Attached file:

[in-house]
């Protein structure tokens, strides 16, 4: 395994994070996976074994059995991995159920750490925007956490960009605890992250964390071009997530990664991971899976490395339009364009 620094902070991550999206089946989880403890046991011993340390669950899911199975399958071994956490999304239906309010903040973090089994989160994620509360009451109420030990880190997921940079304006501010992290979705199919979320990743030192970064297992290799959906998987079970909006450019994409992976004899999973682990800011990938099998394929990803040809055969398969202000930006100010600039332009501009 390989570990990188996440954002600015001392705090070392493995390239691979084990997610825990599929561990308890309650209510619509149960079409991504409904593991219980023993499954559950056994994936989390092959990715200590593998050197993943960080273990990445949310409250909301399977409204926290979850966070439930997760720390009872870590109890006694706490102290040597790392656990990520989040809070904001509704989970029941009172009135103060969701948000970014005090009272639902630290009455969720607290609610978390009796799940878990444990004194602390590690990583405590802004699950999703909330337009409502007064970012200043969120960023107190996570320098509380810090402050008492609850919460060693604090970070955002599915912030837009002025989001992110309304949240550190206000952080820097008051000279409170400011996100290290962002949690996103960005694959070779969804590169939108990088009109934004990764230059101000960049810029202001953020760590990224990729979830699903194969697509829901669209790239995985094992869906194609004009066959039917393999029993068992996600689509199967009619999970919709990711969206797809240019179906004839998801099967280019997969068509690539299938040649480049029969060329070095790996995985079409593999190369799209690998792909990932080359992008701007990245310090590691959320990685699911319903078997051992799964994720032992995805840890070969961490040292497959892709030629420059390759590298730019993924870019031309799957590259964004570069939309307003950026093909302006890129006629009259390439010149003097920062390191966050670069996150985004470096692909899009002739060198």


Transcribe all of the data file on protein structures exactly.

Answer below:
[in-house]
């Protein structure tokens, strides 16, 4: 395994994070996976074994059995991995159920750490925007956490960009605890992250964390071009997530990664991971899976490395339009364009 620094902070991550999206089946989880403890046991011993340390669950899911199975399958071994956490999304239906309010903040973090089994989160994620509360009451109420030990880190997921940079304006501010992290979705199919979320990743030192970064297992290799959906998987079970909006450019994409992976004899999973682990800011990938099998394929990803040809055969398969202000930006100010600039332009501009 390989570990990188996440954002600015001392705090070392493995390239691979084990997610825990599929561990308890309650209510619509149960079409991504409904593991219980023993499954559950056994994936989390092959990715200590593998050197993943960080273990990445949310409250909301399977409204926290979850966070439930997760720390009872870590109890006694706490102290040597790392656990990520989040809070904001509704989970029941009172009135103060969701948000970014005090009272639902630290009455969720607290609610978390009796799940878990444990004194602390590690990583405590802004699950999703909330337009409502007064970012200043969120960023107190996570320098509380810090402050008492609850919460060693604090970070955002599915912030837009002025989001992110309304949240550190206000952080820097008051000279409170400011996100290290962002949690996103960005694959070779969804590169939108990088009109934004990764230059101000960049810029202001953020760590990224990729979830699903194969697509829901669209790239995985094992869906194609004009066959039917393999029993068992996600689509199967009619999970919709990711969206797809240019179906004839998801099967280019997969068509690539299938040649480049029969060329070095790996995985079409593999190369799209690998792909990932080359992008701007990245310090590691959320990685699911319903078997051992799964994720032992995805840890070969961490040292497959892709030629420059390759590298730019993924870019031309799957590259964004570069939309307003950026093909302006890129006629009259390439010149003097920062390191966050670069996150985004470096692909899009002739060198």